Atypical cardiac myxomas: A clinicopathologic analysis and their comparison to 64 typical myxomas

Pradeep Vaideeswar, Rajib Gupta, Prashant Mishra, Charan Lanjewar, Abhijit Raut

Research output: Contribution to journalArticlepeer-review

24 Scopus citations


Introduction: Myxomas are the most common among the primary cardiac neoplasms, seen mainly in adult population, and are typically attached to the interatrial septum, on the left side. Myxomas arising from other sites are designated as "atypical myxomas." In this article, we describe the clinicopathologic features of 28 such lesions, resected in 20 patients. Methods: A 15-year study (1995-2009) of all cardiac myxomas, received as surgical excisions in our institution, was performed. Atypical myxomas were selected on the basis of their atypical sites of origin, and a systematic review and comparison of their clinicopathologic features with all typical myxomas excised during the same period were done. Results: Among a total of 84 patients who had undergone cardiac myxoma excisions in this 15-year duration, 64 patients had typical myxomas, while atypical myxomas (30 tumors) were diagnosed in 20 patients (23.8%). None of them had a family history of similar symptoms. There were six children. In the atypical subset, there were 12 males and eight females; the mean age of diagnosis was 33.7 years. This demography differed from the typical myxoma group where there were more females than males and the mean age of diagnosis being 40.8 years. The symptoms of dyspnea, episodic chest pain, and palpitation were common in both cohorts of patients, and all showed a mass lesion with varying degrees of valvular regurgitation and obstruction on echocardiography. Five of the 20 patients with atypical myxomas had multifocal or multicentric tumors. Grossly, like typical myxomas, the atypical ones also exhibited solid and papillary patterns with the usual histological features. Four patients had recurrence of the disease. Conclusions: Atypical myxomas are rare lesions having clinical and pathological features, not entirely different from those of typical myxomas. With the advent of modern diagnostics, it is now imperative to do genetic studies and screen the relatives of patients having atypical myxomas to rule out additional occult familial cases as they are now known to occur more in this "atypical" group.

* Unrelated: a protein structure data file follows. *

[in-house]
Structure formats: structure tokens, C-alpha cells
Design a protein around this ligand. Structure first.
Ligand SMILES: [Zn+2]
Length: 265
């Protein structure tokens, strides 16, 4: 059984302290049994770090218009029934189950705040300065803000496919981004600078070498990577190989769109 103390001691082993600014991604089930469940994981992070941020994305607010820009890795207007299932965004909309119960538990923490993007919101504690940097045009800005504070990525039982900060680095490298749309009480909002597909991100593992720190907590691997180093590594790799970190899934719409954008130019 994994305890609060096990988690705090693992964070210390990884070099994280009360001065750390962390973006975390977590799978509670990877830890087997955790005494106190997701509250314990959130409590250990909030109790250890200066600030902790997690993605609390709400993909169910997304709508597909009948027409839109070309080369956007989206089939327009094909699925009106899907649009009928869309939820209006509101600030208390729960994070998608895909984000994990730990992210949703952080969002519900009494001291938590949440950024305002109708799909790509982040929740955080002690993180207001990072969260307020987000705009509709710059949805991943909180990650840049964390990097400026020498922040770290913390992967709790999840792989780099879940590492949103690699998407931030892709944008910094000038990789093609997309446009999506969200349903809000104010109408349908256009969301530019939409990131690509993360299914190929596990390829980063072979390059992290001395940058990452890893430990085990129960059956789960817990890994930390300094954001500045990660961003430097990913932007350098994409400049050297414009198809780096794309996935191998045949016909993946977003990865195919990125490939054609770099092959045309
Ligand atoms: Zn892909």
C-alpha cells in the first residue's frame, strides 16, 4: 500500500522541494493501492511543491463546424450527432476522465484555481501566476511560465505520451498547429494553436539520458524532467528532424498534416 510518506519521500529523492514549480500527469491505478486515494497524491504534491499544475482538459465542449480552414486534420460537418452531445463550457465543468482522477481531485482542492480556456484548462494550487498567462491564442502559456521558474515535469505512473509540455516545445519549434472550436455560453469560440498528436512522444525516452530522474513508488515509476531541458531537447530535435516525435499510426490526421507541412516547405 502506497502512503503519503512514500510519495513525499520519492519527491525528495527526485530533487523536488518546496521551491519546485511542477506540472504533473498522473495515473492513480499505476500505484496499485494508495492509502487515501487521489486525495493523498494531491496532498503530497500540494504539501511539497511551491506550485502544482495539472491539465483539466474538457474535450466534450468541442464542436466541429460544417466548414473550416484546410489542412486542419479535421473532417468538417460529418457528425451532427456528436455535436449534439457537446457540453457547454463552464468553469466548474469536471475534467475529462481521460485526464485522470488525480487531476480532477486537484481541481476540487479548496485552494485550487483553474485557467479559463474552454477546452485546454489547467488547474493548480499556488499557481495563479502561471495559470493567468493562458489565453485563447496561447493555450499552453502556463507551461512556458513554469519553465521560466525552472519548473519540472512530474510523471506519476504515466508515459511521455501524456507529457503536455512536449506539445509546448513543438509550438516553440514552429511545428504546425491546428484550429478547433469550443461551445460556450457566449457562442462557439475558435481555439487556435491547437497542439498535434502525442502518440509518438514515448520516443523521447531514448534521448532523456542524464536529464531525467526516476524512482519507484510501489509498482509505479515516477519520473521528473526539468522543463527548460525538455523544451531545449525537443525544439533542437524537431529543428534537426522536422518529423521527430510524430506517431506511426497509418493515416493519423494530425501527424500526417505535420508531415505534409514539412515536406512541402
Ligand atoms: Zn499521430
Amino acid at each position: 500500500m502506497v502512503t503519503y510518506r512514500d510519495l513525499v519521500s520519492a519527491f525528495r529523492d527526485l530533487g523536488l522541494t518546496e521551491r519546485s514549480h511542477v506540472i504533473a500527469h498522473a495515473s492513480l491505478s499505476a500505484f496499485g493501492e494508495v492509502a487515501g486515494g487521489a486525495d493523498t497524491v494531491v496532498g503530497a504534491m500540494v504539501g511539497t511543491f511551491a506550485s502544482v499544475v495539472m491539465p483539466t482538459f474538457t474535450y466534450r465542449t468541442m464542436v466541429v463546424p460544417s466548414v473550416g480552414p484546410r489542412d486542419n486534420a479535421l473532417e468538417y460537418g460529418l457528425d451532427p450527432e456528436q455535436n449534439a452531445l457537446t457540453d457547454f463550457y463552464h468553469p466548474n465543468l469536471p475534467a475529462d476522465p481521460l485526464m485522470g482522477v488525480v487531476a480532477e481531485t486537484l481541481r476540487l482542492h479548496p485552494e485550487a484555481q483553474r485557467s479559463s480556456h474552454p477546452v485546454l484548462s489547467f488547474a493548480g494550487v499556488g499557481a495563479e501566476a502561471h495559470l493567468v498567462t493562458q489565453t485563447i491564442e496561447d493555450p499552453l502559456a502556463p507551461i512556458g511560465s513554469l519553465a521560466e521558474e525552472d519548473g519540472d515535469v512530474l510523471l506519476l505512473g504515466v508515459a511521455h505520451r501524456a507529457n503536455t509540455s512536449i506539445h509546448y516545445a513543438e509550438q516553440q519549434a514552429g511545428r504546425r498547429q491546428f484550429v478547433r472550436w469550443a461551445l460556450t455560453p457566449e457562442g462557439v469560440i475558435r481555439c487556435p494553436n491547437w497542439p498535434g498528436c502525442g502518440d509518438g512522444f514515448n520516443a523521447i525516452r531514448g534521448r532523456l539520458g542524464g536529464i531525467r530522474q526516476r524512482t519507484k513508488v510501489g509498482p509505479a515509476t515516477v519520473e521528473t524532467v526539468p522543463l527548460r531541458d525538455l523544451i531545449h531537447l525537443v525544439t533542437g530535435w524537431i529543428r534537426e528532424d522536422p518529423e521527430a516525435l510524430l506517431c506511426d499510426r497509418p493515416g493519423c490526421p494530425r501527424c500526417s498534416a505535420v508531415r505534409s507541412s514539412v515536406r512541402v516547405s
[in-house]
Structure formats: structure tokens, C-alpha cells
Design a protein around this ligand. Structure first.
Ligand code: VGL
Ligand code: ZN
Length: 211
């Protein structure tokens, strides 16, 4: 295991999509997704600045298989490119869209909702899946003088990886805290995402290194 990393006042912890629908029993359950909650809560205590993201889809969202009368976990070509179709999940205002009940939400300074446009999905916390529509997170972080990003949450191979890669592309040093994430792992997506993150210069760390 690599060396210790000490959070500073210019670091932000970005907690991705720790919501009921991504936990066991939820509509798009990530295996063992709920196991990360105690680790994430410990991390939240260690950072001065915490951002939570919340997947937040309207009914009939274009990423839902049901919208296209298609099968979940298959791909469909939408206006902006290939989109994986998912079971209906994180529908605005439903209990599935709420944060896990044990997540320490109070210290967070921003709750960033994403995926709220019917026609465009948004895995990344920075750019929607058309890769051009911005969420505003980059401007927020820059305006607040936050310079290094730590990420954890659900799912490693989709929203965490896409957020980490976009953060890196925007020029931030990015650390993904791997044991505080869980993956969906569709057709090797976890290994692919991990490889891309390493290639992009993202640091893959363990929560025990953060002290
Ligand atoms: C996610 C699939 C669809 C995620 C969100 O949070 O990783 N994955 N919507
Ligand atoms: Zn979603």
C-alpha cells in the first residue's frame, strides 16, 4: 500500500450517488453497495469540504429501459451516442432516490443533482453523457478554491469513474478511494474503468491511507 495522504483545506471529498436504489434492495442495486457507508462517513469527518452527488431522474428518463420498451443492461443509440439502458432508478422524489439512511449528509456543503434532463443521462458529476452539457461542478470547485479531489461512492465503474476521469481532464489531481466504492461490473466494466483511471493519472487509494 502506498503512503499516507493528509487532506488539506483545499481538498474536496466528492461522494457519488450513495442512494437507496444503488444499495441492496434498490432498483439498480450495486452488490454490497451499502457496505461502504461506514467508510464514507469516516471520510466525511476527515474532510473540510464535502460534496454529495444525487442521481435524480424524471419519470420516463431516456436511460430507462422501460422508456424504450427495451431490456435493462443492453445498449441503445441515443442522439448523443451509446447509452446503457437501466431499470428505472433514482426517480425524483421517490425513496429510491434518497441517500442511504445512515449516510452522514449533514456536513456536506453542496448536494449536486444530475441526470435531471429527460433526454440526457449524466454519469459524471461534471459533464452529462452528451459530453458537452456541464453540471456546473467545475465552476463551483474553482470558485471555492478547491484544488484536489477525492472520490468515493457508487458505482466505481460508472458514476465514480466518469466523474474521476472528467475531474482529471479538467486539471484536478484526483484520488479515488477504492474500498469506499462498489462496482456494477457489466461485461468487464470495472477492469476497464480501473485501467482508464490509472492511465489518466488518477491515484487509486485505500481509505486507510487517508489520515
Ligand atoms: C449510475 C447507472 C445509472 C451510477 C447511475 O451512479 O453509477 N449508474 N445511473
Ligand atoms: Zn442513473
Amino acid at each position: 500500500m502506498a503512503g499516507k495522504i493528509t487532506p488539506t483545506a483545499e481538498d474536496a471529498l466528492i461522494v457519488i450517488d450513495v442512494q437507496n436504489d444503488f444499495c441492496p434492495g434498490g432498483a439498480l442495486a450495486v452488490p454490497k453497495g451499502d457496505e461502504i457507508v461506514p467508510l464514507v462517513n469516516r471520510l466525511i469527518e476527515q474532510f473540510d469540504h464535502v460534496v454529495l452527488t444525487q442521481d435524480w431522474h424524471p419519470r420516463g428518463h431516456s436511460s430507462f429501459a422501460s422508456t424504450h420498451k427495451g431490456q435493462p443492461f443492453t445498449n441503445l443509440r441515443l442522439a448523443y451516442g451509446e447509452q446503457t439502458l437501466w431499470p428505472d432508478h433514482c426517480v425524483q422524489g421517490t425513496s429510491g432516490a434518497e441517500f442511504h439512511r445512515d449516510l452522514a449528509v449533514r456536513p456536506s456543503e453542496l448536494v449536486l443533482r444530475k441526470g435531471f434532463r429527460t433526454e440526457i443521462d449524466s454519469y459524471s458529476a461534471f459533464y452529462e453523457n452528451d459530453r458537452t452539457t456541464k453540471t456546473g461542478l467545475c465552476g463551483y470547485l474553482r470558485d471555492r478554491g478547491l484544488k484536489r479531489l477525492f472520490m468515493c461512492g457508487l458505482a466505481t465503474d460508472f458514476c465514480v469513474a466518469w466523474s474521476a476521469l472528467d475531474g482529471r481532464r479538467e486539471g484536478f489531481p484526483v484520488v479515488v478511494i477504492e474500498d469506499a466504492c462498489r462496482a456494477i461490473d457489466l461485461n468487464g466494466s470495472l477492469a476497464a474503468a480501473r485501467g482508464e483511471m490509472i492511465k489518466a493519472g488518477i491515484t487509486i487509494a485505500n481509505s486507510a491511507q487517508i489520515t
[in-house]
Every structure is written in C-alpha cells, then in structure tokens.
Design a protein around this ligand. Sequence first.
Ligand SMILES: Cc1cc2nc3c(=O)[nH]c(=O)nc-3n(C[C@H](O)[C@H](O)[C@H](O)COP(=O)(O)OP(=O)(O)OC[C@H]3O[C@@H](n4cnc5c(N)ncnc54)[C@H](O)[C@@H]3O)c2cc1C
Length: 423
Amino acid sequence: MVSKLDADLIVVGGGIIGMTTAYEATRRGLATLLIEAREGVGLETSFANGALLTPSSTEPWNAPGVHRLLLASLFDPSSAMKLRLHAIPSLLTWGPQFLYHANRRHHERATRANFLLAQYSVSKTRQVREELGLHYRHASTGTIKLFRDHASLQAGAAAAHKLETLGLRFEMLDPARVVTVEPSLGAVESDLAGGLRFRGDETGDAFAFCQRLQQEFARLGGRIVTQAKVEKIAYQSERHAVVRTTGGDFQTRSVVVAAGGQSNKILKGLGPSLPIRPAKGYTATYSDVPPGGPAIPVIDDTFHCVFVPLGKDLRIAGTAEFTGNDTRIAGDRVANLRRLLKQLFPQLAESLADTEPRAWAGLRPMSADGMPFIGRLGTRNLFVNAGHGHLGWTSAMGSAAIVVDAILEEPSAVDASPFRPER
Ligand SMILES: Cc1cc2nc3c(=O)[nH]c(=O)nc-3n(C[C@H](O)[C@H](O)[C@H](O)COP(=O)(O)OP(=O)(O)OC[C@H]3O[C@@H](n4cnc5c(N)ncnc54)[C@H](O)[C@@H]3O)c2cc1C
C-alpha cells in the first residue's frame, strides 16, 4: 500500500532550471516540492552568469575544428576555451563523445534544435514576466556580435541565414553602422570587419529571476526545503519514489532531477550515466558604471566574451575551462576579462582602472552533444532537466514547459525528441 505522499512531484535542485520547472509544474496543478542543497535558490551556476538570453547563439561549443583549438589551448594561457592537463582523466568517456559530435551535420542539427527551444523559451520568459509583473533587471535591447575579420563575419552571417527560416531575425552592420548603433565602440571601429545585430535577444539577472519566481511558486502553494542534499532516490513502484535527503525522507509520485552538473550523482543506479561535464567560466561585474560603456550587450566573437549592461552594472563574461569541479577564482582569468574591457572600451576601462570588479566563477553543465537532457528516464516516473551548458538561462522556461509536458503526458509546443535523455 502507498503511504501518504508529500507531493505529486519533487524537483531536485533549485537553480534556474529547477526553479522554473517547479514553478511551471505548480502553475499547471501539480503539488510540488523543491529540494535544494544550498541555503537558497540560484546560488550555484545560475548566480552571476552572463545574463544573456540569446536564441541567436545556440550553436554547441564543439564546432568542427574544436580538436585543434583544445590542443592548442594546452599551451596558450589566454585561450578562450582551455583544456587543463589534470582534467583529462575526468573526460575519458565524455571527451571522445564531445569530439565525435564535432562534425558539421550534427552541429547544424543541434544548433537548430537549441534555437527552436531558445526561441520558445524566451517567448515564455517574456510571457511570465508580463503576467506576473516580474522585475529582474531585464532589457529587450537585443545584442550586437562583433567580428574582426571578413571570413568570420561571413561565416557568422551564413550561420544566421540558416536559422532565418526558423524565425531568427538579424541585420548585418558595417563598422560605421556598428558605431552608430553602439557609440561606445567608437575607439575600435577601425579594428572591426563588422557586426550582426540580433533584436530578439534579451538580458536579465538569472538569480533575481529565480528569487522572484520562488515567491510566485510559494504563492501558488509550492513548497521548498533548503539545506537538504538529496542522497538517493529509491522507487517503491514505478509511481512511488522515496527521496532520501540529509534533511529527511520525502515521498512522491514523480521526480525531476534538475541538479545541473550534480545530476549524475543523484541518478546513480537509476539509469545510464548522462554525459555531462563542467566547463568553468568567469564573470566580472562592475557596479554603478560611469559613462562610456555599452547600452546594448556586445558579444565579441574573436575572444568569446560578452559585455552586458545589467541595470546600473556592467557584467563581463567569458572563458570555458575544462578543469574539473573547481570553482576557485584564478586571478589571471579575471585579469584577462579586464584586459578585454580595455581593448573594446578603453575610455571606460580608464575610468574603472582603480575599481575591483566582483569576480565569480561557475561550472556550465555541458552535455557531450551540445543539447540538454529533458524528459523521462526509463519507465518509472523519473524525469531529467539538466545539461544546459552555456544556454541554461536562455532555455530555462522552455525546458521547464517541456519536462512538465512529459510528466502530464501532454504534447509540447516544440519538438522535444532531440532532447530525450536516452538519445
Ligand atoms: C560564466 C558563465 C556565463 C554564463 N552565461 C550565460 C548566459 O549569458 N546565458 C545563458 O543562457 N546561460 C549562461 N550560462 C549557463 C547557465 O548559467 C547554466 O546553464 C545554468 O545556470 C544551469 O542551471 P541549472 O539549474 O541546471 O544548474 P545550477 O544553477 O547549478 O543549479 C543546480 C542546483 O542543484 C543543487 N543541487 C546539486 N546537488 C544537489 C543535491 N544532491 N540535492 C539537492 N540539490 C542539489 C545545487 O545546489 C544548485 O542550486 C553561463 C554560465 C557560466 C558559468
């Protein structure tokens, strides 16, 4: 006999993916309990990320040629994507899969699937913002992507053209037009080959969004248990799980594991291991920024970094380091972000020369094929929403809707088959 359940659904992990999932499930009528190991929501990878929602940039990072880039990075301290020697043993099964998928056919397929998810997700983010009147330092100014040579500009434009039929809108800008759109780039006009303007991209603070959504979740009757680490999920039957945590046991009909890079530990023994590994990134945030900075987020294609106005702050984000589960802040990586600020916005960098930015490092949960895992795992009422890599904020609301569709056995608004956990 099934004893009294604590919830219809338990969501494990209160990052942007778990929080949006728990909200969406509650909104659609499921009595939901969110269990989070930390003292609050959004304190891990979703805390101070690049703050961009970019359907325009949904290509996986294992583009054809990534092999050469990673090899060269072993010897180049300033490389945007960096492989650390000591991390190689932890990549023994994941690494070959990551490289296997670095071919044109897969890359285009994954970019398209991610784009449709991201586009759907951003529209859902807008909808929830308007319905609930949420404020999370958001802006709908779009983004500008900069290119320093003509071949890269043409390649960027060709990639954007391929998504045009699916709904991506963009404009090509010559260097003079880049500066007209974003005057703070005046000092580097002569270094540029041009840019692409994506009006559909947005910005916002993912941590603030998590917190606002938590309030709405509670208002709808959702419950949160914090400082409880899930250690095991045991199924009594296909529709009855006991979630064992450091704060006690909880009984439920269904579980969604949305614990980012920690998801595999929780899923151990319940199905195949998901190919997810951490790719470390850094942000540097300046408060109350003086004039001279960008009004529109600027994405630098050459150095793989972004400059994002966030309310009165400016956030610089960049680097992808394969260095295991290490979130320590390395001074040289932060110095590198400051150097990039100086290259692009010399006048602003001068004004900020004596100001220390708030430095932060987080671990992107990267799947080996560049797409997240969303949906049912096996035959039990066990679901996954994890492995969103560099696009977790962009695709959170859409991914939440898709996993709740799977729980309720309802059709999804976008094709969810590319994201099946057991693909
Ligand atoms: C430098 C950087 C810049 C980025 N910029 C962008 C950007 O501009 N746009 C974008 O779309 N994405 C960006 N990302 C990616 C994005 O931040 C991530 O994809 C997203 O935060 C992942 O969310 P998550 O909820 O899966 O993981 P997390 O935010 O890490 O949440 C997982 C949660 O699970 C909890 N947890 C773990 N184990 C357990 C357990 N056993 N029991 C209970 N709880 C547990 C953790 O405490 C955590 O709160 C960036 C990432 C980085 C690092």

Original languageEnglish (US)
Pages (from-to)180-187
Number of pages8
JournalCardiovascular Pathology
Issue number3
StatePublished - May 2012

Bibliographical note

Copyright 2012 Elsevier B.V., All rights reserved.


  • Atypical myxomas
  • Heart tumors
  • Myxomas
  • Primary tumors


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